It's easy to consider your grocery budget non-negotiable. (After all, you have to eat, don't you?) The reality, though, is that most of us don't have infinite amounts of money, and just like your phone or utility bills, there are choices you can make to avoid overspending. Consciously managing your grocery budget not only makes good financial sense — it can also free you up to pay down student loans or even quit your job. Sounds good, right? Get motivated with our best budget grocery shopping tips of all time.
1. Make a budget.
You can't stay on budget if you don't decide how much you can or want to spend. Making a budget starts with becoming aware of what you're actually spending by tracking your groceries for a while (just write it down somewhere!), comparing that to national averages, seeing how that nets out with your other expenses (are you spending more than you're bringing in?), and adjusting from there. Until you put a dollar figure onto your budget, you'll probably always spend more than you need to.
More on Grocery Budgets
2. Plan your meals.
While this habit can take some getting used to, it's an essential tool for reducing food waste, eliminating extra trips to the grocery store, spending less at the store, and cutting down on the temptations of takeout. Although parents tend to be the biggest advocates of the practice, meal planning can help any person at any stage of life. So plan out your week and head to the grocery store with your shopping list in hand.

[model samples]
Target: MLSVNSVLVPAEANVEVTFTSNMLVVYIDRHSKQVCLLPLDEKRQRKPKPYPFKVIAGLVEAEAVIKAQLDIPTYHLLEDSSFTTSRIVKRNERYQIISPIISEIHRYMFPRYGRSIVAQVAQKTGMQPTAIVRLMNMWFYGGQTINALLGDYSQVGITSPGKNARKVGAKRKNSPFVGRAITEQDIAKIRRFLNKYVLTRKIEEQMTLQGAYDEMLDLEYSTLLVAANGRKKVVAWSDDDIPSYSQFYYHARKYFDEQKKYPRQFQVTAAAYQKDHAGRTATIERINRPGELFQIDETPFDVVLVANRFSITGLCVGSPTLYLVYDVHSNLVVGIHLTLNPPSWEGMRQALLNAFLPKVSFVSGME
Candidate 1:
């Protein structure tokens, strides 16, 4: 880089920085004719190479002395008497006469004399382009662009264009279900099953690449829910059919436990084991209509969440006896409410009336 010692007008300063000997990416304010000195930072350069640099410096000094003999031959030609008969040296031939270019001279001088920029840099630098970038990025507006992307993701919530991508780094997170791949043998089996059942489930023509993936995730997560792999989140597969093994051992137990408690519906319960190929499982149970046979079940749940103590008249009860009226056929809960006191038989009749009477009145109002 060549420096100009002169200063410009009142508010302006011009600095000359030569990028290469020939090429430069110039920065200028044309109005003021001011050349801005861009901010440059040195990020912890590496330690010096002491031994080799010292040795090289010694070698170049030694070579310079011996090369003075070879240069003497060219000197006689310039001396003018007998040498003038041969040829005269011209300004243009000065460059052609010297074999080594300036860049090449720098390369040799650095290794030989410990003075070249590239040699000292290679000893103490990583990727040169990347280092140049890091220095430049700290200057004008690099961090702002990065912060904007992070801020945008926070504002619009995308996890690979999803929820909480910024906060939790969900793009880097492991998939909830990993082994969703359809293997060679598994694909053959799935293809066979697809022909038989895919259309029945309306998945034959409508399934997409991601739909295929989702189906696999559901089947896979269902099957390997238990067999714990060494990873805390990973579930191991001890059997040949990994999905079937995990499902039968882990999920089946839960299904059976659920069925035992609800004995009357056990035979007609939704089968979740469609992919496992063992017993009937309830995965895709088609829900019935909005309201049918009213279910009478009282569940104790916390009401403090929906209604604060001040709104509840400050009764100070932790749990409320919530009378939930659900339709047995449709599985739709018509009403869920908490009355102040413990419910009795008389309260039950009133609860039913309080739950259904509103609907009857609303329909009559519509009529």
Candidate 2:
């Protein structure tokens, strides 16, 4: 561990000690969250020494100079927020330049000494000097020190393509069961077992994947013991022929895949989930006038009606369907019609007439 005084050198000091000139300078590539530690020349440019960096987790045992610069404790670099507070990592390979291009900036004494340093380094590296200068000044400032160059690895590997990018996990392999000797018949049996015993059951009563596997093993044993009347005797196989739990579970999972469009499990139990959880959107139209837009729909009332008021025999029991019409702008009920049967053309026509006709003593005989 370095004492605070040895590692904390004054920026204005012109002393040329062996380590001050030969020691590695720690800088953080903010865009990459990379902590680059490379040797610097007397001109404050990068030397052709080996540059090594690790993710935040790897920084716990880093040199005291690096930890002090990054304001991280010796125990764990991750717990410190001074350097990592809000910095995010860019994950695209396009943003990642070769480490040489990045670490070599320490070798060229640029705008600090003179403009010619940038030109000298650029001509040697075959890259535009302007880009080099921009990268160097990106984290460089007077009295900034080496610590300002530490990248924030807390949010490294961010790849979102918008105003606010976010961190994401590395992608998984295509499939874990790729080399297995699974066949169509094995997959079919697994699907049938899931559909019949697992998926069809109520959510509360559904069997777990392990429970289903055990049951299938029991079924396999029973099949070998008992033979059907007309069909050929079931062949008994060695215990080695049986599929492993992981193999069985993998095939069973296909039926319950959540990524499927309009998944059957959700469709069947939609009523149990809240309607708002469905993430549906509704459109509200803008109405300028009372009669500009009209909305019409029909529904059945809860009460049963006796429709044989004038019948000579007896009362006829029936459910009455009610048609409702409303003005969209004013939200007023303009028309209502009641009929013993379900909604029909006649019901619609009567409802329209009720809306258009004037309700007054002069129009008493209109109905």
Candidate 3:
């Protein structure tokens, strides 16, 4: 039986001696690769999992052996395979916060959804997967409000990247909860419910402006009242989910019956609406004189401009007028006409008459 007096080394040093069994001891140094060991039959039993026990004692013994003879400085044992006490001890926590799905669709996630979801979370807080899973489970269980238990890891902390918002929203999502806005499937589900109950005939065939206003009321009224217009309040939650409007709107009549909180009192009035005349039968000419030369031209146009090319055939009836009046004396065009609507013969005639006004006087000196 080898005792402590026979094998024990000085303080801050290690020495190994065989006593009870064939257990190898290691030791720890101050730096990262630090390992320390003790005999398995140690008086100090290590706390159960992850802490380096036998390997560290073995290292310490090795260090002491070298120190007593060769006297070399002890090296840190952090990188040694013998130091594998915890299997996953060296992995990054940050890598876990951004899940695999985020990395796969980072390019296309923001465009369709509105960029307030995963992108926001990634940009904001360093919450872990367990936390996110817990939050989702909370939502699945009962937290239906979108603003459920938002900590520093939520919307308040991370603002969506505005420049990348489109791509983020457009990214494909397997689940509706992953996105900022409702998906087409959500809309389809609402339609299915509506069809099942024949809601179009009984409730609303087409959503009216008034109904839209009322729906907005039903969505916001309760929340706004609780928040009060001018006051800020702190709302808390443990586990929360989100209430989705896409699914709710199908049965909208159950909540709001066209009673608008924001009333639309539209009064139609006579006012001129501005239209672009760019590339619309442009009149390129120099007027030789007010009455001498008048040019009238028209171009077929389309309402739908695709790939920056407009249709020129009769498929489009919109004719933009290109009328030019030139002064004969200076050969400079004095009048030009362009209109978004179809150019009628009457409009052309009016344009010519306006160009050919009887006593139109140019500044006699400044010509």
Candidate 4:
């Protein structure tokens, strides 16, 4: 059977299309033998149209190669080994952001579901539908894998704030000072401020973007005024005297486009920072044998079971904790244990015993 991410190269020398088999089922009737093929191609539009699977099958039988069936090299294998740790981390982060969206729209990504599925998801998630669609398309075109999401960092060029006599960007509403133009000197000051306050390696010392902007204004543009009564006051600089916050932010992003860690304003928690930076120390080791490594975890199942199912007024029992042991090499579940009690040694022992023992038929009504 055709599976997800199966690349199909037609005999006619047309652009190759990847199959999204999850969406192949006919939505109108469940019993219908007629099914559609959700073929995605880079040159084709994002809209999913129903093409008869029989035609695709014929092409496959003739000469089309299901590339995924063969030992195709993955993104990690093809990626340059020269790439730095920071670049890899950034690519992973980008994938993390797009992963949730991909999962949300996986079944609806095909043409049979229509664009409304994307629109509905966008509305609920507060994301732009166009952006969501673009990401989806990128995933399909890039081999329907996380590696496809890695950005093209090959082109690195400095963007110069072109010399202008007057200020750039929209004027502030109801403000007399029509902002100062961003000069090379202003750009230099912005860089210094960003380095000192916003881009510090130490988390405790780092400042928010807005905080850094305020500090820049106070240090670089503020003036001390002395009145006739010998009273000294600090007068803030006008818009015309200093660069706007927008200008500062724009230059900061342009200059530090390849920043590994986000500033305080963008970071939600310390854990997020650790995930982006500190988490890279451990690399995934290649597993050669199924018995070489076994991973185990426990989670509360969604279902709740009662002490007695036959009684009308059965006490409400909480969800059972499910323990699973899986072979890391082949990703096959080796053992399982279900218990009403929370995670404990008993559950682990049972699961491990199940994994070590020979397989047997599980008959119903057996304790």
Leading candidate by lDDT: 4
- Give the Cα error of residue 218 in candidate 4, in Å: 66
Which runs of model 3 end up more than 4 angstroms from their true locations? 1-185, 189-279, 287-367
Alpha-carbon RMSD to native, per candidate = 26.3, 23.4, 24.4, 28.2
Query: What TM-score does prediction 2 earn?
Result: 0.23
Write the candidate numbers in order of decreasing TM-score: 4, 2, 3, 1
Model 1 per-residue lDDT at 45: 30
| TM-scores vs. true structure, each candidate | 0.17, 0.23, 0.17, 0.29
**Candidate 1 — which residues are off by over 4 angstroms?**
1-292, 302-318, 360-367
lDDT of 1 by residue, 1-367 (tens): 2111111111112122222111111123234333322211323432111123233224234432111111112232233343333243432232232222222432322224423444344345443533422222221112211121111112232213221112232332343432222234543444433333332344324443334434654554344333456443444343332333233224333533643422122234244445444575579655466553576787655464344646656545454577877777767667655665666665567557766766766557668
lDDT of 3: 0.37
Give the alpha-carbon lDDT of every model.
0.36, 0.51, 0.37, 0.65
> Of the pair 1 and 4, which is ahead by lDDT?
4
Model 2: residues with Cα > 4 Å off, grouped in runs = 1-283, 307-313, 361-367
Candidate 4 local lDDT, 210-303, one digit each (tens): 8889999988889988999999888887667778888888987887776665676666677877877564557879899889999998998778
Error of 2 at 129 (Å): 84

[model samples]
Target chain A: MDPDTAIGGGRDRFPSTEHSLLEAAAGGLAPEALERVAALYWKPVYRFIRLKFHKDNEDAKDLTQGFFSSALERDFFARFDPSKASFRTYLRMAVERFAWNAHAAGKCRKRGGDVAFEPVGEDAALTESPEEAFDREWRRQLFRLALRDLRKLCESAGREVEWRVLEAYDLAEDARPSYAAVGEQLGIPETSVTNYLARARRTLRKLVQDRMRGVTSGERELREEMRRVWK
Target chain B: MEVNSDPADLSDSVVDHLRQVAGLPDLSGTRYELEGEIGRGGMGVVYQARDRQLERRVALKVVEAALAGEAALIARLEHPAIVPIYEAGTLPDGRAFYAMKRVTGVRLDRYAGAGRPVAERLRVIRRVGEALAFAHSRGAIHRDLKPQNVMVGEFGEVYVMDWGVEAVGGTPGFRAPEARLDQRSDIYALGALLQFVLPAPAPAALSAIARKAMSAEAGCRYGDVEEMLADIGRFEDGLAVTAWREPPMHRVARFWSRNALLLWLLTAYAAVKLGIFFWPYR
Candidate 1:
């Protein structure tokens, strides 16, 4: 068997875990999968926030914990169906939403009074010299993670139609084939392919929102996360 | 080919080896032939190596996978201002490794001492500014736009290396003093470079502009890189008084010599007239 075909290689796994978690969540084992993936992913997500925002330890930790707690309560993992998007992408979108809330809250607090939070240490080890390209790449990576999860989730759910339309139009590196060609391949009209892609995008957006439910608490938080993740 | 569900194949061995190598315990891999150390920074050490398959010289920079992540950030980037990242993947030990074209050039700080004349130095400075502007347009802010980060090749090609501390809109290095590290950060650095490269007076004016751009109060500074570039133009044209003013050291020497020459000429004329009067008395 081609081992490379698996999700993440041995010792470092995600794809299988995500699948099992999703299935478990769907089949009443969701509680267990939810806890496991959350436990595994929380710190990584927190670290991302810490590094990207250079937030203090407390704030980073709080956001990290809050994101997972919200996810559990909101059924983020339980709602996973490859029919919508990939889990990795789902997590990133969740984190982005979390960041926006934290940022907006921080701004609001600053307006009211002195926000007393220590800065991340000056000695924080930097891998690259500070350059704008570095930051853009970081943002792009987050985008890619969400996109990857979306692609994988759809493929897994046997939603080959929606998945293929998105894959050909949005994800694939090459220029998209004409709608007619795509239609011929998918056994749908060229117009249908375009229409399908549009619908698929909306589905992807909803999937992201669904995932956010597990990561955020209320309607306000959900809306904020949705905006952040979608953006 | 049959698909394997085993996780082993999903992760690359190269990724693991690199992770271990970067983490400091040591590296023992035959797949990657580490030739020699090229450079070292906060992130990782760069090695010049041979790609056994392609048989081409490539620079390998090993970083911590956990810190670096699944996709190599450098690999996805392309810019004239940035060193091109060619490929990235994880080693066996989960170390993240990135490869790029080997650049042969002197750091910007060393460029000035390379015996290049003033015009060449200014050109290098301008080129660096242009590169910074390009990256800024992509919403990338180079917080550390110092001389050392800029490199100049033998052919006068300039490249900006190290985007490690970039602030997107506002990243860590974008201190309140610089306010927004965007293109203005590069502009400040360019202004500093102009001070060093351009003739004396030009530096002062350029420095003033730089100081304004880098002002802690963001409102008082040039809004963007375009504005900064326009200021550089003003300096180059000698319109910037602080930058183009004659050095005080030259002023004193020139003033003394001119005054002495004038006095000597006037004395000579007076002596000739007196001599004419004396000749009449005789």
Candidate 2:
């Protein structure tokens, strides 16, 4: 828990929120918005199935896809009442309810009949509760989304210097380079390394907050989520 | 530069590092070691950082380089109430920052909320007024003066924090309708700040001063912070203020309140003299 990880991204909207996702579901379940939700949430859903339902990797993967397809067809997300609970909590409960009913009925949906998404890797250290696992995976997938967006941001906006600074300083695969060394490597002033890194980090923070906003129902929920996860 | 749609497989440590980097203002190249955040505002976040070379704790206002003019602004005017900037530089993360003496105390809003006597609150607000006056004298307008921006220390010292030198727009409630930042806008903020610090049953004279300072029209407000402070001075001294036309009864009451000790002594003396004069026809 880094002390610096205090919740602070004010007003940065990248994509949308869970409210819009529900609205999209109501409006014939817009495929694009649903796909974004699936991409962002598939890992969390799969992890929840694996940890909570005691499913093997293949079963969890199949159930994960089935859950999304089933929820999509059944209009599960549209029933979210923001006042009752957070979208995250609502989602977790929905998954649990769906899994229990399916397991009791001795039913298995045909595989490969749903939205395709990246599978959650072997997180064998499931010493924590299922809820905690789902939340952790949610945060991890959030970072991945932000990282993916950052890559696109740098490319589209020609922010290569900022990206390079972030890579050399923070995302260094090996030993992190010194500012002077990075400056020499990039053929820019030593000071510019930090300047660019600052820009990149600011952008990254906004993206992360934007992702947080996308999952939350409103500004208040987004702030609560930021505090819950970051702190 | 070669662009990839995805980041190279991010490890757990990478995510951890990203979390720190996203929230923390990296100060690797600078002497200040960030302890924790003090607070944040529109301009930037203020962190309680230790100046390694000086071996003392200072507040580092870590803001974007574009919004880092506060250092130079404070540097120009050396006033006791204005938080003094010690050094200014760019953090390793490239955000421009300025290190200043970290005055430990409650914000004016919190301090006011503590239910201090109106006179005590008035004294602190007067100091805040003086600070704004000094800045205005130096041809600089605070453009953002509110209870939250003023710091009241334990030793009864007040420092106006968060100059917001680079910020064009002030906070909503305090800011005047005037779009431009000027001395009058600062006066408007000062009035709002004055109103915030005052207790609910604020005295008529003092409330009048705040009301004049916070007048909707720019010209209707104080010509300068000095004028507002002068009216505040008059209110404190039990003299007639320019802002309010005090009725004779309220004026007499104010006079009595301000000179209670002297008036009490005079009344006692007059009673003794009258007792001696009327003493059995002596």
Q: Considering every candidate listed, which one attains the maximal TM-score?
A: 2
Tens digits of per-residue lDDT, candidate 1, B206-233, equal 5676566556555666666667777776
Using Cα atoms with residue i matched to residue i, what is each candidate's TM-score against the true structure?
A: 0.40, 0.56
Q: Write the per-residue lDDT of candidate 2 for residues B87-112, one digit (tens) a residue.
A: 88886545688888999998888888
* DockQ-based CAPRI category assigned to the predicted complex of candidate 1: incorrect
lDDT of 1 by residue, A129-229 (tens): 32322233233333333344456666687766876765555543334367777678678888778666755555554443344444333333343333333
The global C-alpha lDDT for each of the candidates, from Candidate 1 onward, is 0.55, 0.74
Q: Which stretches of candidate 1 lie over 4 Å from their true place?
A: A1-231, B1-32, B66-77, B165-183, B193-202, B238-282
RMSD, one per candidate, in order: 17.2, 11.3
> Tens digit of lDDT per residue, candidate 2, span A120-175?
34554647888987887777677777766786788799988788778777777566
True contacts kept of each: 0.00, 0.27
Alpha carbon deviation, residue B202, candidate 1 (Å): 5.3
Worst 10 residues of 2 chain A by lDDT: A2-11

More on Meal Planning
- The Beginner's Guide to Meal Planning: What to Know, How to Succeed, and What to Skip
- Our Editors' Favorite Meal Planning Tips
- What's the Difference Between Meal Planning and Meal Prep?
- The Very First Step of Meal Planning Isn't What You Think
- Welcome to Meal Plan Club: The Answer to Stress-Free Weeknight Dinners
3. Comparison shop.
There's no glory in being brand-loyal! Resist shopping on autopilot and take the time to compare like with like at the store. You may find that different varietals of your favorite produce are much cheaper by the pound, or that a different cut of meat can save several dollars. When it comes to packaged foods, the store brand is almost always cheaper than the ones you see advertised, and even changing where you shop can save you money. And know that the larger container of yogurt might not be the better deal. Check your habit to make sure you're opting for the thrifty version when it's an easy tradeoff.
4. Go (mostly) vegetarian.
Meat and seafood are the most expensive fresh foods you can buy — especially if you opt for grass-fed, organic meats. Switching to vegetarian or vegetable-forward meals will instantly reduce your grocery bill, with health benefits to boot. While this can be tricky for carnivore-leaning omnivores and families, even just cutting meat from one or two meals a week can make a dent on the bottom line.
See all our vegetarian recipes here.
5. Keep some treats.
Just like going on a too-restrictive diet, if you find a budget too punishing, you're more likely to cave and overspend in a moment of weakness. So figure out what items are worth splurging on, whether it's the good butter or your favorite coffee grounds, and make room for it in your budget. Because we do have to eat to live, but it's not really living if you're eating bland, boring foods at every meal.